Assessing the quality of colorectal cancer care: do we have appropriate quality measures? (A systematic review of literature).
RATIONALE, AIMS AND OBJECTIVES: The burden of illness from colorectal cancer (CRC) can be reduced by improving the quality of care. Identifying appropriate quality measures is the first step in this direction. We identified process measures currently available to assess the quality of diagnosis and management of CRC. We also evaluated the extent to which these measures are ready to be implemented in clinical practice, and identified areas for future research. METHODS: We searched MEDLINE, Cochrane Database of Systematic Reviews, and relevant grey literature. We identified 3771 abstracts and reviewed 74 articles that included quality measures for diagnosis or management of CRC. Measures from traditional quality improvement literature, and from epidemiological and other studies that included quality measures as part of their research agenda, were considered. In addition, we devised a summary rating scale (IST) to appraise the extent of a measure's importance and usability, scientific acceptability and extent of testing. RESULTS: The coverage of general process measures in CRC is extensive. Most measures are important, but need to be developed and field-tested. The best available measures relate to pathology and chemotherapy. No measures are available for assessing quality of management of stage IV rectal cancer and hepatic metastasis; chemotherapy for stage II colon cancer; and procedure notes. CONCLUSIONS: There is an urgent need to refine existing measures and to develop scientifically accurate quality measures for a comprehensive assessment of the quality of CRC care. The role of the federal government and professional societies is critical in pursuing this goal.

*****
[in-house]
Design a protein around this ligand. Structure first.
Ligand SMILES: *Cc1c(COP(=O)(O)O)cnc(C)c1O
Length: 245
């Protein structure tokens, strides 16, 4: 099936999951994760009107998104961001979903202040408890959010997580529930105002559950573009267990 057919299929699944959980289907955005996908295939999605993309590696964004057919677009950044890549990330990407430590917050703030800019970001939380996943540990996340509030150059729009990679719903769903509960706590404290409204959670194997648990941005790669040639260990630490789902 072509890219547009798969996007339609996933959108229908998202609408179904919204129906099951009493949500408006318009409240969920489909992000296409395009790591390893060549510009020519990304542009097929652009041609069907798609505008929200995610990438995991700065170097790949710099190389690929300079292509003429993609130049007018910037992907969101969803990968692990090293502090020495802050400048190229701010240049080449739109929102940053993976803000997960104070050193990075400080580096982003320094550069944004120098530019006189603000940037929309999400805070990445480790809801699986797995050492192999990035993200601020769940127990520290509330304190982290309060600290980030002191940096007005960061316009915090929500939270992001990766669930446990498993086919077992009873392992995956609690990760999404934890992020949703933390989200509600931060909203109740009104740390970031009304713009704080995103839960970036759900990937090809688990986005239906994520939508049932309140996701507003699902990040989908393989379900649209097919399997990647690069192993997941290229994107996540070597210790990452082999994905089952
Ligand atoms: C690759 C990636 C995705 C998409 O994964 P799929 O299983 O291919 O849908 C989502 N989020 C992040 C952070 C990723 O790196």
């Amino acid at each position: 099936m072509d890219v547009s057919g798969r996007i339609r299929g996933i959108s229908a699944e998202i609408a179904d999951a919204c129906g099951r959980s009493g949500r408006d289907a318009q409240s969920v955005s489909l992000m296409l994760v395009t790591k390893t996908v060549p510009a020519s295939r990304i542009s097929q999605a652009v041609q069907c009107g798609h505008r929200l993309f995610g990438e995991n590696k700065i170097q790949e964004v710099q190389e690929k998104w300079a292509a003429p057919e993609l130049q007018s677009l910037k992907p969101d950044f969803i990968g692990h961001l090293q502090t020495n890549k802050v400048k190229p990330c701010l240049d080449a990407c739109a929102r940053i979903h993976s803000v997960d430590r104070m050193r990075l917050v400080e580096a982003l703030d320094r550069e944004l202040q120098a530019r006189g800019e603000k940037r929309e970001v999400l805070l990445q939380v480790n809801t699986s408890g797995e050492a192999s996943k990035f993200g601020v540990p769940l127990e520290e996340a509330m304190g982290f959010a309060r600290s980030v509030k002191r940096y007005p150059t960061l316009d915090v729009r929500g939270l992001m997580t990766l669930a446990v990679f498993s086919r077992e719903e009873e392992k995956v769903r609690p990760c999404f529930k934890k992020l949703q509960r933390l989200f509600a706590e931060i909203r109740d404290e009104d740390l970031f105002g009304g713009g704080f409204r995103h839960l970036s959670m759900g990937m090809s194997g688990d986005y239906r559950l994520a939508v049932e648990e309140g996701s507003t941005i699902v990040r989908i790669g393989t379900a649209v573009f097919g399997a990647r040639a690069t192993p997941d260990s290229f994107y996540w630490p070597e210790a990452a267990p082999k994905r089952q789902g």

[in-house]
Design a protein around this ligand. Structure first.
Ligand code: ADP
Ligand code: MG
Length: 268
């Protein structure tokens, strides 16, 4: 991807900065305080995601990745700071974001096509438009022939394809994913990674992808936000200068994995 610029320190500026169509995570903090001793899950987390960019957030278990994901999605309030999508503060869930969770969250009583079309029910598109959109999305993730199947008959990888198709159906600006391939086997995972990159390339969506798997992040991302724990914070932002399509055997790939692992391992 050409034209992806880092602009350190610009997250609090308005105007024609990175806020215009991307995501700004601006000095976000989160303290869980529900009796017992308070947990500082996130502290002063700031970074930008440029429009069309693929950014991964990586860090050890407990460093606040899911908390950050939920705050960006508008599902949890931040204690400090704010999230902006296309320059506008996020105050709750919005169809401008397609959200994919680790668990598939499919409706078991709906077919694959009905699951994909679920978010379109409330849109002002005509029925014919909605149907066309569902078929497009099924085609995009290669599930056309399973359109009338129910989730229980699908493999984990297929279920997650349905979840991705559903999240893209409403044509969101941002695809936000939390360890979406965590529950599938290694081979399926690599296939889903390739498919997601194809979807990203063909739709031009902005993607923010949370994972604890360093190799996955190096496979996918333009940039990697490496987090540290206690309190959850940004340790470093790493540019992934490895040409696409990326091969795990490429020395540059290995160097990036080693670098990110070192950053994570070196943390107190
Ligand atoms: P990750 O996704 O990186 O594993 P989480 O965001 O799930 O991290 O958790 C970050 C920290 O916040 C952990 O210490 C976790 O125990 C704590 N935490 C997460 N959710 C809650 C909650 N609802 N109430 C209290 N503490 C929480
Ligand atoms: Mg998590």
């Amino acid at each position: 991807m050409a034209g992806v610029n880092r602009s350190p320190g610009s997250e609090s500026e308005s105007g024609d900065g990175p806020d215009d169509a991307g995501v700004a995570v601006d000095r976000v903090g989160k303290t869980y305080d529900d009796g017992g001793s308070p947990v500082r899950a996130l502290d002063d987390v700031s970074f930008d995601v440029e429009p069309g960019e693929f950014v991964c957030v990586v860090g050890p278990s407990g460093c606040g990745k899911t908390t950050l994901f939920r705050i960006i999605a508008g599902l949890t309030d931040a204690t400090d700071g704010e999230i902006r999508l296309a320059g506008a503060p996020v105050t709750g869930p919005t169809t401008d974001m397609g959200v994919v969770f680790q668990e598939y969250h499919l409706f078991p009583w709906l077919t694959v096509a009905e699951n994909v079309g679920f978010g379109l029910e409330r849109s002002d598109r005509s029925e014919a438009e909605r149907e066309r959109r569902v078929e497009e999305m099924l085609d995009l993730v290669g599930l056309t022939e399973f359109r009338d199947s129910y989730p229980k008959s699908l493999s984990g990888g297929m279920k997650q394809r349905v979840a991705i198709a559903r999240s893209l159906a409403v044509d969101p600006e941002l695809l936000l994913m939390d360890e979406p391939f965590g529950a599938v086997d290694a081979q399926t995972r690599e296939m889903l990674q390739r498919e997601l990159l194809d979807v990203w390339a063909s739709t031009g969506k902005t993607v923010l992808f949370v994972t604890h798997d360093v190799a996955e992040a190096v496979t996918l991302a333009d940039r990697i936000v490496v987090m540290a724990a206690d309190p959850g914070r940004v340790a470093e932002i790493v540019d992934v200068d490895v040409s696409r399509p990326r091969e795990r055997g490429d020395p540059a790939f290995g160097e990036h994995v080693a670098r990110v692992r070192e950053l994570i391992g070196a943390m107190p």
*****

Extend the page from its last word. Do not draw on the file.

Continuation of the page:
Patwardhan, M; Fisher, DA; Mantyh, CR; McCrory, DC; Morse, MA; Prosnitz, RG; Cline, K; Samsa, GP
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